This ties in nicely with Google’s shift in focus to creating human-centric content that isn’t just geared to please the algorithms. So, from what we can tell, Google will be treating any AI-generated content the same way it treated spun content back in the day: harshly. Don’t go firing your SEO copywriting agency just yet – they’re still the key to getting to the top of SERPs!
The content of an article can’t be written by AI, but you can certainly use it to generate a content brief or article outline. ChatGPT can scour its data to find what structure other well-ranking articles have adopted and give you ideas. You can also use it to come up with article titles. This is where copy teams can use ChatGPT to take some of the planning out of their articles, allowing them more time to effectively craft outstanding content.
Another key aspect of ChatGPT is its ability to pull keywords for SEO almost instantaneously. Typically, it can take SEO strategists hours to find relevant keywords to target in campaigns, but ChatGPT makes light work of this. It has a wealth of knowledge and data at its disposal that it can pull at a moment’s notice, taking the hassle out of research.
Now, much like content writing, this isn’t to say that ChatGPT is going to start taking over human jobs. Due to the fact there is a margin of error with AI, and the fact that not every piece of content needs to be SEO-focussed, strategists are still needed to sift through the data and think outside the box. What ChatGPT can do, though, is make it easier and less time-consuming for strategists to do their job by giving them a decent starting point.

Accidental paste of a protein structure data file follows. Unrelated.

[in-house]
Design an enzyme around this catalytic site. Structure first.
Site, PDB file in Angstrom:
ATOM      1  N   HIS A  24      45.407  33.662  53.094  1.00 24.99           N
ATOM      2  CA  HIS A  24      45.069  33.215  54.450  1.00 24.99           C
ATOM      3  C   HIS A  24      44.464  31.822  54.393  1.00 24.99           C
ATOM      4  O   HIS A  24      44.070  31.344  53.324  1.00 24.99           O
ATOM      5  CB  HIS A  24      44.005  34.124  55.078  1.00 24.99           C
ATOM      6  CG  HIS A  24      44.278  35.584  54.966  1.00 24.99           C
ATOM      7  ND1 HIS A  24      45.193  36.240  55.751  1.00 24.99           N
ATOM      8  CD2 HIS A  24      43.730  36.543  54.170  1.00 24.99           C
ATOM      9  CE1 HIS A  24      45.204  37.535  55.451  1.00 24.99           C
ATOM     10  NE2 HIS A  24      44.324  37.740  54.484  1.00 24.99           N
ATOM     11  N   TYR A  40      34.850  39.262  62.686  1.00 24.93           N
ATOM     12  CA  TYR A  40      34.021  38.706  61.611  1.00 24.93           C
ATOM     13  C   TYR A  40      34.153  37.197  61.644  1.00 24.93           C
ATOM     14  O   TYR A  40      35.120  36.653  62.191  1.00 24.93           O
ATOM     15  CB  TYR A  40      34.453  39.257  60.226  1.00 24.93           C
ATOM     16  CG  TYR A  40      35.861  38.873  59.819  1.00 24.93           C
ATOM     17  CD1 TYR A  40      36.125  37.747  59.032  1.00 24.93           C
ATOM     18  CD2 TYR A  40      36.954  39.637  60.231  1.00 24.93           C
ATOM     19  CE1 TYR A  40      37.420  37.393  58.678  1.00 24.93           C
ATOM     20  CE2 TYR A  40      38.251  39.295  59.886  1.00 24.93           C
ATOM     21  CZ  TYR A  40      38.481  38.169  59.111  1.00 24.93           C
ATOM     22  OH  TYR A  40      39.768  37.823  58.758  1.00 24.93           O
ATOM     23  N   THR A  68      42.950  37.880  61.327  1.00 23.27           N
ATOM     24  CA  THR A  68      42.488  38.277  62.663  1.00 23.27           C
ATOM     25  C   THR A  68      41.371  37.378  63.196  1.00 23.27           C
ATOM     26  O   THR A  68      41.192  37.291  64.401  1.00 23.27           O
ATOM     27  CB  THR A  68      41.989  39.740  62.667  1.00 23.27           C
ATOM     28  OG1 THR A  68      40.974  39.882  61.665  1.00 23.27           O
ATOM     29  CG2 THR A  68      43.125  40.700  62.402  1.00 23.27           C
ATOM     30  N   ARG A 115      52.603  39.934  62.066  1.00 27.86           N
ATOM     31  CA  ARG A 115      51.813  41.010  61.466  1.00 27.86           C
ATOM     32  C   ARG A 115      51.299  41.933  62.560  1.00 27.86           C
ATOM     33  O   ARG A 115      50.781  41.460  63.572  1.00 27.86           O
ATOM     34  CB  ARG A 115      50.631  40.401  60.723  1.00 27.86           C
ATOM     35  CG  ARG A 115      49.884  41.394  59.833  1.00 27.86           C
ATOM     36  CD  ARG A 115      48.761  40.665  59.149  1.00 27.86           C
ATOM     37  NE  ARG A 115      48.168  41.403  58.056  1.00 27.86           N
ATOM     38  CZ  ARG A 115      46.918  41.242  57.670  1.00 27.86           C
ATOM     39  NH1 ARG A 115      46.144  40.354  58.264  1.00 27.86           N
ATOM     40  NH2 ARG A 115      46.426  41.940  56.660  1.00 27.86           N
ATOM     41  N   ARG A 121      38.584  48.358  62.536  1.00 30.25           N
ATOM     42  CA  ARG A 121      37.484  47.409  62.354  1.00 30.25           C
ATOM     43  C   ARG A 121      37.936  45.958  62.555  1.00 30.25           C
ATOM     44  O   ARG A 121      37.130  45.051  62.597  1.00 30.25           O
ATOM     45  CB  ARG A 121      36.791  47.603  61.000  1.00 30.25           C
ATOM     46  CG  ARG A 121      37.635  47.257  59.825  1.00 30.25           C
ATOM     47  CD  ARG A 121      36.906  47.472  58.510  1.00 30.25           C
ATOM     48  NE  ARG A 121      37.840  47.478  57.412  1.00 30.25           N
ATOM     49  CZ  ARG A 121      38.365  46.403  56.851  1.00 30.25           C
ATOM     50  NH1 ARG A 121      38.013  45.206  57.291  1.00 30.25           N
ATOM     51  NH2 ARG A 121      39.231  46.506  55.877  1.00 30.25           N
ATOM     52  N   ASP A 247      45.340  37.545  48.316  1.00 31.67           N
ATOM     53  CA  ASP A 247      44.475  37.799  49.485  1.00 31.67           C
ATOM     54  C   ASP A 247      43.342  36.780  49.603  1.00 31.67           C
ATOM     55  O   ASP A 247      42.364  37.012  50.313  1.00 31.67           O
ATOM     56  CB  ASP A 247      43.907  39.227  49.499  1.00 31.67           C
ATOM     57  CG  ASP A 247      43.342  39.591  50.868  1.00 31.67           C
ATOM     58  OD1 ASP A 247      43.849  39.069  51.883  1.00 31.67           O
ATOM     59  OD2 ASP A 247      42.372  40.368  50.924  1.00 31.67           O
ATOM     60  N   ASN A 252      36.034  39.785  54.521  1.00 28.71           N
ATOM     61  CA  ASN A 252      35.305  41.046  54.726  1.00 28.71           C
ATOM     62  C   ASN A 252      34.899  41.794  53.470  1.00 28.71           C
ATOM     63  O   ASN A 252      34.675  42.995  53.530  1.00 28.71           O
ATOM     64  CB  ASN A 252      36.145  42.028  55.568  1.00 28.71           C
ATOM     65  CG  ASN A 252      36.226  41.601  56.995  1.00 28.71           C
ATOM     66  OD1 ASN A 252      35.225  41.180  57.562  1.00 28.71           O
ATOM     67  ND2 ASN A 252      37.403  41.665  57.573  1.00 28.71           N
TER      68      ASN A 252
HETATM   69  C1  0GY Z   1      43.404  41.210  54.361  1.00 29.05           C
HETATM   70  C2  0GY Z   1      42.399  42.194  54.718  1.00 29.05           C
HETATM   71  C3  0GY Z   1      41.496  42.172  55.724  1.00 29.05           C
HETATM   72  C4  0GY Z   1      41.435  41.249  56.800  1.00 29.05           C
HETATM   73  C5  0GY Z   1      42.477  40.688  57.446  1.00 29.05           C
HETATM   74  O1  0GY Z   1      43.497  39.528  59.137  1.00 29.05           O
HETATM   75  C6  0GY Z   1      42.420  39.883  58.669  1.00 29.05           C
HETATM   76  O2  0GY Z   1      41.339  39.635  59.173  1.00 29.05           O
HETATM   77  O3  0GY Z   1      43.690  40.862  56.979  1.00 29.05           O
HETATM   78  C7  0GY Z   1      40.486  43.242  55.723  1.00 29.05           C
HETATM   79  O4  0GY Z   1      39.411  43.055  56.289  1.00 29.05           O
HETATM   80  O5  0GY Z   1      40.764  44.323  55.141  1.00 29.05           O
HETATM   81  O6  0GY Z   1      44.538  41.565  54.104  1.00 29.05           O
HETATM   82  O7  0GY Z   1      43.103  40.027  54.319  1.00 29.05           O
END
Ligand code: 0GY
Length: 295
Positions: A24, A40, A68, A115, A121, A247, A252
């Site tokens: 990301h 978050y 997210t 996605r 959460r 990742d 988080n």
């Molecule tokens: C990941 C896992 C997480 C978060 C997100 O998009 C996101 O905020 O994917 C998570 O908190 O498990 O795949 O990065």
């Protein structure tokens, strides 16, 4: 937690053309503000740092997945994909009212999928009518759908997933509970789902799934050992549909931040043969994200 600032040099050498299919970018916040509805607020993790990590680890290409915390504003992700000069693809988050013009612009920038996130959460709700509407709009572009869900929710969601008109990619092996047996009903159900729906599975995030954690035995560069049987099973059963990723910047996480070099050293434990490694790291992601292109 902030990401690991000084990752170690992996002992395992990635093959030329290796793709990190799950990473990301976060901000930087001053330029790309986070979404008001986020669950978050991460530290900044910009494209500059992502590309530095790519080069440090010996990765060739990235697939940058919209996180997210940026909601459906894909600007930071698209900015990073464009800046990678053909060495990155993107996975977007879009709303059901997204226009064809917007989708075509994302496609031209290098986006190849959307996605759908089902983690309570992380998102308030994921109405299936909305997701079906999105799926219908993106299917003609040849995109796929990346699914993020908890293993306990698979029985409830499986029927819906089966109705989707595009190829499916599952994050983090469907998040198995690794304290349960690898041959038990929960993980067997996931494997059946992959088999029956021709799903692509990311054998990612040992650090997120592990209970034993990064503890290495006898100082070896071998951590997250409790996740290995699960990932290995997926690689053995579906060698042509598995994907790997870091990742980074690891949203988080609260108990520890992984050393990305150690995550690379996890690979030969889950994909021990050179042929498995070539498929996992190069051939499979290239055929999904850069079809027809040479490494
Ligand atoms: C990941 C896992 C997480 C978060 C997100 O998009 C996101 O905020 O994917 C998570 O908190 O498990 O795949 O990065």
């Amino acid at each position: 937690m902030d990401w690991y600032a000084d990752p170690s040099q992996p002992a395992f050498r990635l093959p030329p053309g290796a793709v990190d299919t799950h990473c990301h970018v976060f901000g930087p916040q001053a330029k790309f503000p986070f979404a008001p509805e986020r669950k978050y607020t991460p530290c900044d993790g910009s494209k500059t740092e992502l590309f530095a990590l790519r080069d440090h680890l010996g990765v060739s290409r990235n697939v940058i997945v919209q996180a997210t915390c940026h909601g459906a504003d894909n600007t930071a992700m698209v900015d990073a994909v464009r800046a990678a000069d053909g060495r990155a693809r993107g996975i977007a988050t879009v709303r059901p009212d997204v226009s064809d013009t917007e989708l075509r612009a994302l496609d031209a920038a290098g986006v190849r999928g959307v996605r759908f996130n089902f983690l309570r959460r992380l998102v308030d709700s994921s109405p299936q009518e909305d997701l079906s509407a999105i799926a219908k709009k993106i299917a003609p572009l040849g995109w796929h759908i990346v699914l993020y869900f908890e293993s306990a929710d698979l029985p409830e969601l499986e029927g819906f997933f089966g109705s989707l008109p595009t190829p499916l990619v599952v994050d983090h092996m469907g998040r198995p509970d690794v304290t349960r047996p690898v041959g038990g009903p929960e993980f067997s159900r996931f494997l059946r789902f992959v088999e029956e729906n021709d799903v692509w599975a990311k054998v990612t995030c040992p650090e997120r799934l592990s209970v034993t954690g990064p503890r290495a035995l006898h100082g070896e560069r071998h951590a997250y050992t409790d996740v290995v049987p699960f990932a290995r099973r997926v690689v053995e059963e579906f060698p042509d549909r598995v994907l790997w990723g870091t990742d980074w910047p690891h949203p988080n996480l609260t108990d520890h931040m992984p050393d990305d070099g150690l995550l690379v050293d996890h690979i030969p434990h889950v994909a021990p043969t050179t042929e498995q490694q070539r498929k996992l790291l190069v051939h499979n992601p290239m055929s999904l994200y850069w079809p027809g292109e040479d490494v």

The actual text of an article can’t be written by AI (not if you want to please Google, that is), but there’s nothing to say that meta descriptions can’t be. One of the main advantages of ChatGPT is that it can summarise articles in a simple and short way, and this is exactly the role of a meta description. If you’re running a technical SEO audit on your site and see that there are umpteen pages without meta descriptions, using ChatGPT to auto-generate meta descriptions can be incredibly efficient and time-saving, and one of the main ways you can use this tech to your advantage.
Does ChatGPT have a place in marketing teams?
So, does ChatGPT have a place in your marketing team? As mentioned, there’s no risk of this new AI software nabbing any copywriting or strategy jobs, largely because doing so would go directly against the things Google holds closest in terms of ranking factors and user experience, but there are ways ChatGPT can be weaved into marketing teams as a valuable employee, so to speak.
“While Google remains steadfast against the use of AI generated content within search results, that doesn’t mean you’ll be penalised for leveraging tools for productivity.
“The use of third-party software to build better marketing campaigns has always been an important part of getting better results, and services like ChatGPT are no exception. Through intelligent prompts, marketers can absolutely take advantage of AI to produce outputs like keyword research, content briefings, topic ideas or even build programs to help streamline internal processes, all without facing penalties or risking decreased visibility within marketing channels.”
- James Speyer, SEO lead, The Brains
There’s a lot of food for thought with ChatGPT, but our final verdict is that, for now, it’s more of a marketing tool than a marketing replacement. With this in mind, if you need assistance with anything SEO or digital marketing related, contact us today. Unlike ChatGPT, our Brainy experts haven’t digested everything that’s on the web, but we do have decades of combined experience and a proven track record in getting our clients to the top of SERPs. Talk to us to find out more.